The BBC iPlayer is finally available on the Sky platform, accessible through the on-demand section of the electronic programme guide to anyone with a broadband-connected Sky+HD box. There are currently 6.7 million homes with a Sky+HD box in the United Kingdom, although only around 1.3 million have so far connected their box to their broadband router to enable On Demand services. For some, the availability of the BBC iPlayer on the Sky platform could be a reason to do so. The design represents a considerable compromise on the part of the BBC, which could have implications for on-demand services on other platforms.

Unlike other implementations, where the BBC has insisted on its own application, navigation and branding, the version on the Sky platform is based on the same template as the rest of the Sky services, including the on-demand offerings of other broadcasters.

BBC iPlayer on Sky+.

The BBC pages carry iPlayer branding and use the brand colour for navigation, but this is subordinate to the overall Sky+ user experience.

With similar services from ITV and Channel 5 already available, and Channel 4 to be added early in 2013, there will be a complete complement of catch-up services from the main public service broadcasters available on Sky, as well as programming from other channels including UKTV, MTV and Discovery, as well as movies on demand and “box sets” of drama serials.

BBC iPlayer on Sky+.

Viewers with a broadband connected Sky+ box are able to browse through BBC programmes available on demand by channel, day and genre. Regional and signed programmes are also available through dedicated categories, together with those in high definition.

BBC iPlayer on Sky+.

Within a channel, users can browse by programmes broadcast over the previous seven days.

BBC iPlayer on Sky+.

Missing at the moment are radio programmes, which are available through other instances of the BBC iPlayer, although the corporation has recently also launched a dedicated BBC iPlayer Radio app.

The mode of operation is also slightly different to other instances of the BBC iPlayer, in that once a user has selected a programme, it is progressively downloaded to their Sky+ planner to watch once it has started downloading or at a later time of their choice. Multiple downloads can be queued for downloading. In this respect it acts more like a backup to the personal video recorder for programmes that might otherwise have been missed. It also means that viewing programmes on demand, even in high definition, is less dependent upon the quality of the broadband connection and more consistent with the rest of the Sky+ user experience.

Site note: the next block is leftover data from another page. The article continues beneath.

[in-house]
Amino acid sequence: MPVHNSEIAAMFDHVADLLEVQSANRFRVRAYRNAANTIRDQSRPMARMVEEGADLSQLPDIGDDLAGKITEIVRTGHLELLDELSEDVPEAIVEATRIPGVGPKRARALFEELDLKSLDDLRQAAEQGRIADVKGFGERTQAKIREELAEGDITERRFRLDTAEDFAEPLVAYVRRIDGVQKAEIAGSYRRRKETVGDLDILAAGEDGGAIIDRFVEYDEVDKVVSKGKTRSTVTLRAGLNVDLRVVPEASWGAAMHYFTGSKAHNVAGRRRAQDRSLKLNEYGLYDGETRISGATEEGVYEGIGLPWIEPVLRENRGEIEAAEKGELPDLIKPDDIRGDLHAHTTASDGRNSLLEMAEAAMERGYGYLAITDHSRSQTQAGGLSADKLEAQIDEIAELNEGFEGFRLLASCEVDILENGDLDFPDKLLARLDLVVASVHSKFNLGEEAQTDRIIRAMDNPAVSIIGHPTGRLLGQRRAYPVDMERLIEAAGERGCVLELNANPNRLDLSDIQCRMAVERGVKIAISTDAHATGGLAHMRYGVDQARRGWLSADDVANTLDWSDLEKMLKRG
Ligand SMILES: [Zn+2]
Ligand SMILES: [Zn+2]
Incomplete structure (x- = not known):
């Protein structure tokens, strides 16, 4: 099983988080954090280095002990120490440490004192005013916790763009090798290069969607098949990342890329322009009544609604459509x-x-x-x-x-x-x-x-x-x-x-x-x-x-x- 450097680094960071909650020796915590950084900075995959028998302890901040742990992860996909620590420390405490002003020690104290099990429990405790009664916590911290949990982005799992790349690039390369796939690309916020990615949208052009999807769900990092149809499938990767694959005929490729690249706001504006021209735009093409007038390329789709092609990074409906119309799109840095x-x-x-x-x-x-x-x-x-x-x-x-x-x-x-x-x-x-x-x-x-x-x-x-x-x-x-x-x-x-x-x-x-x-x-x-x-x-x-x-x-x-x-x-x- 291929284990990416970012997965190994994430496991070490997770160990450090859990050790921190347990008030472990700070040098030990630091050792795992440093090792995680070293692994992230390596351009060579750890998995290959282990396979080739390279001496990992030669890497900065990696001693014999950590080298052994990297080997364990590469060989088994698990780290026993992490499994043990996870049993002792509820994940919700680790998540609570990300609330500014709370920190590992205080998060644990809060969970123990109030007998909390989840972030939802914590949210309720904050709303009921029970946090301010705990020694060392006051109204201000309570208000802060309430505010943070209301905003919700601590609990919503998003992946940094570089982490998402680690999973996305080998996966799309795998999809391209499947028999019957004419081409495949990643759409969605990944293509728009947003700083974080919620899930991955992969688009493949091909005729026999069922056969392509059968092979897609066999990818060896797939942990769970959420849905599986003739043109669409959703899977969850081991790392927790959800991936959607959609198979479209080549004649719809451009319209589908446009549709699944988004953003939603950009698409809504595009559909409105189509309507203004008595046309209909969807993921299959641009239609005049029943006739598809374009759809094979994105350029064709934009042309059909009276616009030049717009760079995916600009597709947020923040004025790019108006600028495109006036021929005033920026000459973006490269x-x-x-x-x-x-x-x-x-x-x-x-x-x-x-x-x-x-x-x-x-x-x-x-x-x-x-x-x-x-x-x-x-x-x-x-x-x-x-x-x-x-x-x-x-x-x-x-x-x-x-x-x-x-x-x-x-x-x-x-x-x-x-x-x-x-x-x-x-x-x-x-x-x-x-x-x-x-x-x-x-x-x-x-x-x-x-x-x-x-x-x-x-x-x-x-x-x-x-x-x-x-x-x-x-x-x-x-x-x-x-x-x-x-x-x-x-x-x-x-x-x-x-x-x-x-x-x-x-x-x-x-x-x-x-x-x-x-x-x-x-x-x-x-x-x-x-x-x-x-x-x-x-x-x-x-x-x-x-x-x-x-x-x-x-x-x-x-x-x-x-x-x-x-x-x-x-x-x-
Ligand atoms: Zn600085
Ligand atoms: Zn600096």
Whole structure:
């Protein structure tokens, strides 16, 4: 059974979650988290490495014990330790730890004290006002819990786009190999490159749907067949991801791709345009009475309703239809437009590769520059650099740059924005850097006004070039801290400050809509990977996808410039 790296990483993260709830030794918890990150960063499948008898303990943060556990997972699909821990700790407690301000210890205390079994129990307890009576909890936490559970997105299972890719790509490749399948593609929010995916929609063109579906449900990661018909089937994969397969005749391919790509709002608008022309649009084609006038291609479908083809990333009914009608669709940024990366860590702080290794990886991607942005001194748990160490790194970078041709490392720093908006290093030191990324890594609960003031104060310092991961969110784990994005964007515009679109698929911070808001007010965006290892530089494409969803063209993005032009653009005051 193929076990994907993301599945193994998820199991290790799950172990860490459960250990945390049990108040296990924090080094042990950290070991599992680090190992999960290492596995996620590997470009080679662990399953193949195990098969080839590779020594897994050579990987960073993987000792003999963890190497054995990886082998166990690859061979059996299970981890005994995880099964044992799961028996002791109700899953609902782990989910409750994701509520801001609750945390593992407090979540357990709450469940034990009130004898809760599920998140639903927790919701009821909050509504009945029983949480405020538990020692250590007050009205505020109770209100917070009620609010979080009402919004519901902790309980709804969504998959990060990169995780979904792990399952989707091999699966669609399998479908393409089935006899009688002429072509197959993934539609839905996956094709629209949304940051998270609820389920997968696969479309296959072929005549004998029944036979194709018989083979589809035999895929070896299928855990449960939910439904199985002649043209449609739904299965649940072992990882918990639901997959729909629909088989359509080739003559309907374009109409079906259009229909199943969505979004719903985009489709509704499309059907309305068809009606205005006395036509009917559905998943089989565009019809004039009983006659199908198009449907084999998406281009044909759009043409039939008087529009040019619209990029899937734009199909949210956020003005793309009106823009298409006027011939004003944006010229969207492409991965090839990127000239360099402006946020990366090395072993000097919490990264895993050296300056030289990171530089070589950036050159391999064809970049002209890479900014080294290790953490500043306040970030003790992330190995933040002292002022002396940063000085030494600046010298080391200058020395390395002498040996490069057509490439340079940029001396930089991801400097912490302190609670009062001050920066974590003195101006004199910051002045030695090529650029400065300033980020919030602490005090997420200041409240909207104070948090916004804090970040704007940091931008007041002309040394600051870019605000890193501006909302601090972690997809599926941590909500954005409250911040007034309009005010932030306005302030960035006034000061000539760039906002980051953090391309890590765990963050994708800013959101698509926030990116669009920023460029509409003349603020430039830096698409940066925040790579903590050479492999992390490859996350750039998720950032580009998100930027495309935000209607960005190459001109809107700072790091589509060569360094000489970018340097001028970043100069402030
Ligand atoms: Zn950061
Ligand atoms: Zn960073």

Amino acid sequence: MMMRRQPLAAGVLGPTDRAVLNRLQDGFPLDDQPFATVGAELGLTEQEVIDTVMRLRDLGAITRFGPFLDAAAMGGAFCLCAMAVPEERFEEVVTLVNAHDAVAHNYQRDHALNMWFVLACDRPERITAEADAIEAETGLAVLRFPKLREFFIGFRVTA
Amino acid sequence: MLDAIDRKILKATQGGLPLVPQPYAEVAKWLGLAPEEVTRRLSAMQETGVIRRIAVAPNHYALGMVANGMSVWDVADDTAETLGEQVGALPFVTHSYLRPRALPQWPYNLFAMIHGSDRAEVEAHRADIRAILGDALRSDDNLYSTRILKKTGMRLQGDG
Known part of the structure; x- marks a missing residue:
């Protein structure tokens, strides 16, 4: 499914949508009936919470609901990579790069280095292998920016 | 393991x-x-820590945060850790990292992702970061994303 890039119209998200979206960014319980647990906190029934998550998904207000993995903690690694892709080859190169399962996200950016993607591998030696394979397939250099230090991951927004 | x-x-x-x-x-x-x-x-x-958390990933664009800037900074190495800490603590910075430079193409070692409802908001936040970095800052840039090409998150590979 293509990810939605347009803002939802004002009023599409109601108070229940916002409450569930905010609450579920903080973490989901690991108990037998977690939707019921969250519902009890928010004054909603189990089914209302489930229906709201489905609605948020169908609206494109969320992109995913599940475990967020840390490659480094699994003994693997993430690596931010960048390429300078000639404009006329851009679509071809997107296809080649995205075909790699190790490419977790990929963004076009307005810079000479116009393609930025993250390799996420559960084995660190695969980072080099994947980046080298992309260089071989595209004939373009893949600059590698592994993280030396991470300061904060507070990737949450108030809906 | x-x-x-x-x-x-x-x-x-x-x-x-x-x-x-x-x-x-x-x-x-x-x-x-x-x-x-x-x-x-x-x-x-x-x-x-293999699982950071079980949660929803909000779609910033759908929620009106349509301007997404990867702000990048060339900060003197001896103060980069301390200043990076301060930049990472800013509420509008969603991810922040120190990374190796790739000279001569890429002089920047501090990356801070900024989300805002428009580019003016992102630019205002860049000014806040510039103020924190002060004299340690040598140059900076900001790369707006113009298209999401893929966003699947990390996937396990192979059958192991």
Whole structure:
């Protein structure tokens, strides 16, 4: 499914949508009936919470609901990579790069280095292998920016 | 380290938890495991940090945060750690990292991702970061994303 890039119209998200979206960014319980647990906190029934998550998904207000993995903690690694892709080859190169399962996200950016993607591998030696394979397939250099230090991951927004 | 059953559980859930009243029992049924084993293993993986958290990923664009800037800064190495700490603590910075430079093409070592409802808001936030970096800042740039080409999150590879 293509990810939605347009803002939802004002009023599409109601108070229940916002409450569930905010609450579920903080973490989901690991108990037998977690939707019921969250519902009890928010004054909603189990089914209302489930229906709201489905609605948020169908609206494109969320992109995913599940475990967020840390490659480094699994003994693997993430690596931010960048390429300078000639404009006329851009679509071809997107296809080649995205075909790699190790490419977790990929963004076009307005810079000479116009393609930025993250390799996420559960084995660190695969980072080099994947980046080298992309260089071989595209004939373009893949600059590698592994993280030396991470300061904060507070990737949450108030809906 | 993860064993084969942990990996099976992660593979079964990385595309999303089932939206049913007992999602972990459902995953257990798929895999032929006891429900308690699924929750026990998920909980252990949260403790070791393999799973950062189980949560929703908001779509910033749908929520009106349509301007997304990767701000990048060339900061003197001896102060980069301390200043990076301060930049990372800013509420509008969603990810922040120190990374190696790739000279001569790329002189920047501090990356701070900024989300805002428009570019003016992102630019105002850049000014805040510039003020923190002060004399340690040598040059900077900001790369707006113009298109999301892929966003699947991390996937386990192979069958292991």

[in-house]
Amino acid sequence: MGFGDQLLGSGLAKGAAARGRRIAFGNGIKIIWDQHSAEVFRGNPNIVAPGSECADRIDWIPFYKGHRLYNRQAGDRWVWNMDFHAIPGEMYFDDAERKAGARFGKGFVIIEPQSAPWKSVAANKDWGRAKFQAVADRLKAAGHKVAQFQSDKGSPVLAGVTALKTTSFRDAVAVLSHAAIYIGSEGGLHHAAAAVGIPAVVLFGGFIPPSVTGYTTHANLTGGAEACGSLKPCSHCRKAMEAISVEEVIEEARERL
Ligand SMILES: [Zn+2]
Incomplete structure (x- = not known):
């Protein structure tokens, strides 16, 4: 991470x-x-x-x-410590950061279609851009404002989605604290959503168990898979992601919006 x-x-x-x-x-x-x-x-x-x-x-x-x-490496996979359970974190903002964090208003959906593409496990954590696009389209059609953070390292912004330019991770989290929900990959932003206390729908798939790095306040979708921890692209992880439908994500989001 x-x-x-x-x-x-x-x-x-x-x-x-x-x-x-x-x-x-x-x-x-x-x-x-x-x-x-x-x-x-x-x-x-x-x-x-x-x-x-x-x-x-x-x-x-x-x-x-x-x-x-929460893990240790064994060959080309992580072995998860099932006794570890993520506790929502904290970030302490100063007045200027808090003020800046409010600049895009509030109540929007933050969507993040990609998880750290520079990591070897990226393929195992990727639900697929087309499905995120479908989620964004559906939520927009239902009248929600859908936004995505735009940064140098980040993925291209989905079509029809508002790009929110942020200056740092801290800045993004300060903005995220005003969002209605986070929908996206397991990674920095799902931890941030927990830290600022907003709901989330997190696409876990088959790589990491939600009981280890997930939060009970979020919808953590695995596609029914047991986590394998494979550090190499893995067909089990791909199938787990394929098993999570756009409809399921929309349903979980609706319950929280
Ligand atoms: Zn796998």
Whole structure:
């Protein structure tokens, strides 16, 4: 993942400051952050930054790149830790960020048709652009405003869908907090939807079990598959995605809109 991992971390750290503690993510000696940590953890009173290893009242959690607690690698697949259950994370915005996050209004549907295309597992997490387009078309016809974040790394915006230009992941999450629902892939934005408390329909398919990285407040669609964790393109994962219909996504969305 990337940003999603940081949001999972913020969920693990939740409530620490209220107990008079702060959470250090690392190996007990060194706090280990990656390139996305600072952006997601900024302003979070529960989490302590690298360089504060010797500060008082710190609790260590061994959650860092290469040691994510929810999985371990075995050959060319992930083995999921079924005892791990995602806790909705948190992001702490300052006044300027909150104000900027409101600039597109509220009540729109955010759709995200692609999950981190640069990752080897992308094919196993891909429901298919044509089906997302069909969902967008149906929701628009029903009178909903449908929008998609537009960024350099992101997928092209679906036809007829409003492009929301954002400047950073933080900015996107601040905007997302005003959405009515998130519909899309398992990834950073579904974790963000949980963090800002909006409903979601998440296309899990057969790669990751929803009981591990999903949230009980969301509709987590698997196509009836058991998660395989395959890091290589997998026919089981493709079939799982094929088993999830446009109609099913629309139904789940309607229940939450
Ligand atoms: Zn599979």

Both the BBC and Sky are claiming it as a landmark deal, although it is not entirely clear which has achieved the bigger coup. The BBC can now offer its programmes on demand directly to millions of Sky+ boxes across the country. Sky can offer BBC programming, which accounts for a considerable proportion of viewing in its subscriber homes, on its own platform, avoiding the need for customers to go elsewhere to find them.

Daniel Danker, the general manager for on-demand at the BBC explained: “By partnering with Sky BBC iPlayer is available on all major UK TV platforms at no extra charge, making sure our audiences can access the best of the BBC’s content at home and on the go, whenever and wherever they choose.”

Luke Bradley-Jones, the director of television products at Sky said: “We’re delighted to have partnered with the BBC to bring the best of the BBC on demand to Sky customers. Providing customers with the flexibility to enjoy their favourite TV on demand, our comprehensive catch-up TV service perfectly complements the genius of Sky+, which already helps millions of our customers take charge of their viewing.”

In many ways, the iPlayer on Sky represents an approach that the BBC has strongly resisted elsewhere — the aggregation of its programming within another platform offering. One might argue that is what Sky already provides through its platform in relation to BBC channels and that on-demand should be no different. The individual broadcasters still have their own distinct areas and channel brands, but the overall navigation is consistent across them.

The navigational experience is still rather slow and clunky, but it is quite functional and instantly familiar to millions of Sky users. It will be interesting to see whether Sky is able to offer a more fluid experience using its companion second screen applications, which have recently acquired the ability to control the Sky+ box and interrogate the planner.

YouView may superficially have a slicker interface, but Sky has an unrivalled selection of programming. For subscribers, access to BBC iPlayer programming through the standard Sky+ interface may be a welcome addition.

The significance of the standard navigation for the BBC iPlayer on Sky is that it undermines the argument that the BBC has long maintained that it needs absolute control of the context in which its programmes are presented on demand. Evidently the result is one of careful co-operation between the BBC and Sky, but it begs the question that if this is good enough for Sky then why not for other competing platforms?